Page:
5

After the goblin ordeal, when the dwarves and Gandalf are waiting and wondering where Bilbo is, in the movie, he shows up after taking off the Ring and gives a great speech something along the lines of:

I know you've always doubted me. And you're right! I miss my books! And my arm-chair. And my garden. You see, that's where I belong. That's home. And that's... why I came back (looking somewhat embarrassed)... Because you don't have a home. It was taken from you. But I'm going to help you take it back, if I can. (cue the dwarves looking at him with new-found respect and Gandalf making approving noises)

When I watched the movies last, I had not read the book for many years, so I assumed that this was in the original, since the rest of the movies are just pure torture of nonsensical garbage (with the exception of the opening part when the dwarfs show up in his Hobbit-hole, which I remember liking almost as much as in the book).

Quite surprised and shocked I was indeed when this never happened as I re-read this great book recently. This seems like it should have been in the book, and for years, I was looking forward to read his movie lines verbatim in print. But... nope. Unless I completely missed it somehow. I don't think so, however.

Is it known why this was added to the movies? Did they get this from somewhere, or just invent it for some reason? Maybe it moved me way more than it was supposed to, but I find it to be basically the most important and characteristic thing that Bilbo ever said. Except he apparently never did...?

3
  • 11
    Because they needed an ending for the first film
    – OrangeDog
    Mar 25, 2022 at 16:29
  • 12
    And beyond that, they needed lots of extra material to make one book with a relatively simple story (compared to the LOTR) into three movies.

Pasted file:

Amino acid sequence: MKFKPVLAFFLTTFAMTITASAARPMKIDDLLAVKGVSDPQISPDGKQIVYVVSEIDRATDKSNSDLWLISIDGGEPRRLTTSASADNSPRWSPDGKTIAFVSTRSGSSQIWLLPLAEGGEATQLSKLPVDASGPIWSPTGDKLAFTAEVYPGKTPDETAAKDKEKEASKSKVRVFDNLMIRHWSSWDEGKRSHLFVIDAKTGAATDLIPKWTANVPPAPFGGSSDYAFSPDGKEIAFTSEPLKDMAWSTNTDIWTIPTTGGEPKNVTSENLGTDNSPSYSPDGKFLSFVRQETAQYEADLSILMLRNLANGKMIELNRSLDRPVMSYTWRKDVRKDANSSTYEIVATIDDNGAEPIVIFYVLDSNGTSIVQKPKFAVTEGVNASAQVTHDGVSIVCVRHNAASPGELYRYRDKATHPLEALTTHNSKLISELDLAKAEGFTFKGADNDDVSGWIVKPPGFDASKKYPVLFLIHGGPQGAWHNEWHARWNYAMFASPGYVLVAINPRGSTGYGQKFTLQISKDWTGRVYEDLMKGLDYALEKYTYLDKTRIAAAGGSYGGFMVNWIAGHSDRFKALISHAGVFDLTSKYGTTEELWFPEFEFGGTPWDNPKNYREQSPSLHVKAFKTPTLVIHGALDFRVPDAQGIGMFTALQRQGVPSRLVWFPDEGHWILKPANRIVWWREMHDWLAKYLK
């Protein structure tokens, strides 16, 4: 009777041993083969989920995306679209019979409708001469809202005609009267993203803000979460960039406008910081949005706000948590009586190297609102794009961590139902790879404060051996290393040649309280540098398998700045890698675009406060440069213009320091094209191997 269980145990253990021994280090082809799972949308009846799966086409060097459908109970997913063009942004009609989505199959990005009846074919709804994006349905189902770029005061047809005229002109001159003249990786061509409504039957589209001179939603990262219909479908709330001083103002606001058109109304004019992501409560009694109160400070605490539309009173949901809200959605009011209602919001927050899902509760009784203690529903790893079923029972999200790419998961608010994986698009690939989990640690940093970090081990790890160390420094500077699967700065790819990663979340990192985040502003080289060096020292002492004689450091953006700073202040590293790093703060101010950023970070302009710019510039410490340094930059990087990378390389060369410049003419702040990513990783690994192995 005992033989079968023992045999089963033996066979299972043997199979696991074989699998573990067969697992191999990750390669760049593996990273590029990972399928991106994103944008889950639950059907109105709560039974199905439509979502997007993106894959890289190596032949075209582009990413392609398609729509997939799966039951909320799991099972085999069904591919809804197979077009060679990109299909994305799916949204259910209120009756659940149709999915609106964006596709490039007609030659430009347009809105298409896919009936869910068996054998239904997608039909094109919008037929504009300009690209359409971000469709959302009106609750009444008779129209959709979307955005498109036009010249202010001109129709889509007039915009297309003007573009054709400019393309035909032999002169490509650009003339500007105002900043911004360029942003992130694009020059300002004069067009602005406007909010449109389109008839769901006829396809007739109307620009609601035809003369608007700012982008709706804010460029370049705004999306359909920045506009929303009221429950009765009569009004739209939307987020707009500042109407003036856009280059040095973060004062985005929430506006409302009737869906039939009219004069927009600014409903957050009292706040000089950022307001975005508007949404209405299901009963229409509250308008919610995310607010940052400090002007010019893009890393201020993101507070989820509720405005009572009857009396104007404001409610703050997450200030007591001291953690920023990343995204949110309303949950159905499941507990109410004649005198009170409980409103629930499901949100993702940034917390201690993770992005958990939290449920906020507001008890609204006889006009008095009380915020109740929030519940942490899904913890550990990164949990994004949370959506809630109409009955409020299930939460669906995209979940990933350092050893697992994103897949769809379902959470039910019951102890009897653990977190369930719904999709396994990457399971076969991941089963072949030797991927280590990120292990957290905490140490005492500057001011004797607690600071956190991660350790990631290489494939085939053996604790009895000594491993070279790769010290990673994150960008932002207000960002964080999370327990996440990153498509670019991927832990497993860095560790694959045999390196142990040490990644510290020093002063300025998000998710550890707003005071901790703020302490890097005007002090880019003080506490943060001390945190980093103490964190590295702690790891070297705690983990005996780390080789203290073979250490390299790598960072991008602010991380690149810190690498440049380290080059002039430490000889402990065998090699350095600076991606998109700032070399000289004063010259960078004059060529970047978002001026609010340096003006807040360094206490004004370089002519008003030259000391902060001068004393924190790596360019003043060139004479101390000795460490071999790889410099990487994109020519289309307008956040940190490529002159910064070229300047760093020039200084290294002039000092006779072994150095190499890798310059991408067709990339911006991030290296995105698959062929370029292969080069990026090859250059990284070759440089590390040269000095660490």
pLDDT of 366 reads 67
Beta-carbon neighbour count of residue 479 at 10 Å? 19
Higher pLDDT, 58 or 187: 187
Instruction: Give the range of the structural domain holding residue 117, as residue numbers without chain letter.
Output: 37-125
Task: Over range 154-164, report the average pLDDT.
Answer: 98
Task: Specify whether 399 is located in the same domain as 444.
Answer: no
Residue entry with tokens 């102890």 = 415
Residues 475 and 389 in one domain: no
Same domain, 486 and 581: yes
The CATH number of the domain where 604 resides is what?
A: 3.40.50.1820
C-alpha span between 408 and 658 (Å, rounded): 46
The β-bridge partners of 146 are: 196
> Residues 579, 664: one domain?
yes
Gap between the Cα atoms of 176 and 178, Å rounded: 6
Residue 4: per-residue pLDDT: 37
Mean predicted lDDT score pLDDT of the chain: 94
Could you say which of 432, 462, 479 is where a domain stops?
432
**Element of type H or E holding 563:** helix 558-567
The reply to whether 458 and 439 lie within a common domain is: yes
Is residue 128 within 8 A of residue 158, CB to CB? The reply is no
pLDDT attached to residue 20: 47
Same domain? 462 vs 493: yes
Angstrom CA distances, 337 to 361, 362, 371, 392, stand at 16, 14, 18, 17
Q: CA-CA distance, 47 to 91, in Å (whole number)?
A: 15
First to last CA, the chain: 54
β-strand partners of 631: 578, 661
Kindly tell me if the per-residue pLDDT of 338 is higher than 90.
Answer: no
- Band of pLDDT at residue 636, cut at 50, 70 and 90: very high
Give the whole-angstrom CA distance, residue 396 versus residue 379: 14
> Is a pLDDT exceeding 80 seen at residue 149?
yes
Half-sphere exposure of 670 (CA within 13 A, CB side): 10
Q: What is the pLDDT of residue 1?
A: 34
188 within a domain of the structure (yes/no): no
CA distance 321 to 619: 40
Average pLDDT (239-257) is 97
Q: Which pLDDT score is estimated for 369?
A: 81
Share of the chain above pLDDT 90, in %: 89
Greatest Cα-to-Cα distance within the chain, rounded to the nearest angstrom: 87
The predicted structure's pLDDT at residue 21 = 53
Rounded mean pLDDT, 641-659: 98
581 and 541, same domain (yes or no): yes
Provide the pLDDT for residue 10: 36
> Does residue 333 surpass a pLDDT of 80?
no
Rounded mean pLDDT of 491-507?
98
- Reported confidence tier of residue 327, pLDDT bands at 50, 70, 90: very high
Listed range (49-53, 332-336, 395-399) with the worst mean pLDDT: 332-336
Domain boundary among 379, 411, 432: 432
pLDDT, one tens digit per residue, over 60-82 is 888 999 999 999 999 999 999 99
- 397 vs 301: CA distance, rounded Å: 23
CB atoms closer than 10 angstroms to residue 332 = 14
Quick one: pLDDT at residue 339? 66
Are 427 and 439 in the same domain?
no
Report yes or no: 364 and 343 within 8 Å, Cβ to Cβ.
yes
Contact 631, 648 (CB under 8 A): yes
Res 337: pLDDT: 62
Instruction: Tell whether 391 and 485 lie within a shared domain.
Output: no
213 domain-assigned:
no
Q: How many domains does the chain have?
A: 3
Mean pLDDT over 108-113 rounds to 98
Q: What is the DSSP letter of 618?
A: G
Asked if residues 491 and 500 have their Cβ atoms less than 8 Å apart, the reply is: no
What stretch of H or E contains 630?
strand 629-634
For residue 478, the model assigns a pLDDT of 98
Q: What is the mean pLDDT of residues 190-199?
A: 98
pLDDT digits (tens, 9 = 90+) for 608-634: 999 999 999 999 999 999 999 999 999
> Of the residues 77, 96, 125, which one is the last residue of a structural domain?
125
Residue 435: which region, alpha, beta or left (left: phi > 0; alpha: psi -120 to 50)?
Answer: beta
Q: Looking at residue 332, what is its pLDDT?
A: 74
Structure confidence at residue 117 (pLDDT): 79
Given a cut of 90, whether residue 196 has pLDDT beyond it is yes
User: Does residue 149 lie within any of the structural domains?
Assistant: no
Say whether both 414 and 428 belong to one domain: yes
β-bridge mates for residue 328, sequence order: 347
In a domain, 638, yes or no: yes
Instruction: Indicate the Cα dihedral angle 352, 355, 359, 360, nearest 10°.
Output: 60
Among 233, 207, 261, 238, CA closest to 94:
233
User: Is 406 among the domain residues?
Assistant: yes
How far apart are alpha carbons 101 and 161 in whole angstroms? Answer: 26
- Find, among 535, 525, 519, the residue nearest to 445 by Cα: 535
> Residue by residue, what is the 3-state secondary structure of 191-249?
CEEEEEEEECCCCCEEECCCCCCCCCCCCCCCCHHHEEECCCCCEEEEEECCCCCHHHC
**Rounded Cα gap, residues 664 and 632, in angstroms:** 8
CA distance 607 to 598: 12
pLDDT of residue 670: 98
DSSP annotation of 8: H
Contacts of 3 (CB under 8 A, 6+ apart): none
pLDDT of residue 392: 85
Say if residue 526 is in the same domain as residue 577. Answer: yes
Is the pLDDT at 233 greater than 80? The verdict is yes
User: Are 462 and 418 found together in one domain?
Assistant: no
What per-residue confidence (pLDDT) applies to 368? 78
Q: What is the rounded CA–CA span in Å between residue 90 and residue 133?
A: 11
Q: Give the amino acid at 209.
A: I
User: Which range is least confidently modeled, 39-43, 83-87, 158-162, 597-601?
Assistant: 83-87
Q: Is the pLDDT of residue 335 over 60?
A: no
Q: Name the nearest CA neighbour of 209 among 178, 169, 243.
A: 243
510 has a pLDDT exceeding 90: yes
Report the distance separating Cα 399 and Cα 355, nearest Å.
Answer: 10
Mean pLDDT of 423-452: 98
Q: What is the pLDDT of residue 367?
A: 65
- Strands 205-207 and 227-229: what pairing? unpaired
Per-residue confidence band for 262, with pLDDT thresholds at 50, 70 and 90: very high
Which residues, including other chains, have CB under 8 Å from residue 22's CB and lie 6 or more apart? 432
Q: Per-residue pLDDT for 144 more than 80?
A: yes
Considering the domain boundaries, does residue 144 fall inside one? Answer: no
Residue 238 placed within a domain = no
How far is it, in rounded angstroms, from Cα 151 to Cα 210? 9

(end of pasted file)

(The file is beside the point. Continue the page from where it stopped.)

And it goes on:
– Zeiss Ikon
    Mar 25, 2022 at 16:44
  • Been a few months since I watched it, but I'm pretty sure he said, "I miss my books"
    – zedmelon
    Mar 26, 2022 at 13:39

1 Answer 1

16

The whole concept of the dwarves nobly reclaiming their home is basically an invention (or at least an elaboration) for the movies, so the motivation for this speech isn't there.

Although they have lost their home in the book, there is only passing mention of re-settling it, or of direct action against Smaug. It's never really clear what their plan is, but it involves hiring Bilbo as a burglar, so the emphasis is strongly on stealing back some of the treasure while the dragon is still there. (The plan in the movies is even less clear, since they still hire him as a burglar, but talk frequently about moving back in.)

The movie attempted something which Tolkien himself once started and abandoned - changing the tone of a light-hearted children's adventure story to better match the adult tone of the epic Lord of the Rings. One of the ways they did this was to place greater emphasis on the dwarves' status as refugees from the Lonely Mountain.

The other thing the movies did, of course, was stretch out the action across several hours, and three parts. That led to several Dramatic Moments of Character Development to keep the momentum going and provide shape to each movie. This speech, well-written as it is, exists to serve that stretched run-time.

4
  • 1
    they do want the treasure but Thorin also tells Bilbo: " we still mean to get it [the treasure] back, and to bring our curses home to Smaug - if we can." - so they definitely want to get rid of Smaug as well
    – NKCampbell
    Mar 25, 2022 at 18:17
  • 4
    @NKCampbell True, it is perhaps better to call it an "elaboration" than an "invention" - the dwarves in the book would certainly like revenge on Smaug, it's just not painted as their primary motivation for going there.
    – IMSoP
    Mar 25, 2022 at 18:31
  • The second movie's opening scene provides more context (based on a scene from the appendices to LotR) for the purpose of the expedition. In short, Gandalf wants Thorin to unite the Dwarves to oust Smaug, but Thorin says he needs to reclaim the Arkenstone to do so. Phase 1: Get the Arkenstone Phase 2: Unite the Dwarves Phase 3: Kill Smaug. (Note this deviates somewhat from the book, but in a way that I find, surprisingly, not ridiculous.) Smaug being killed before needing to execute Phase 2 was an unexpected outcome.
    – chepner
    Mar 26, 2022 at 15:23
  • @chepner Indeed, I actually think giving the dwarves motivation beyond naked greed, and for Bilbo beyond curiosity about the world, is one of the better changes made by these movies.
    – IMSoP
    Mar 26, 2022 at 19:04

Your Answer

By clicking “Post Your Answer”, you agree to our terms of service and acknowledge you have read our privacy policy.

Not the answer you're looking for? Browse other questions tagged or ask your own question.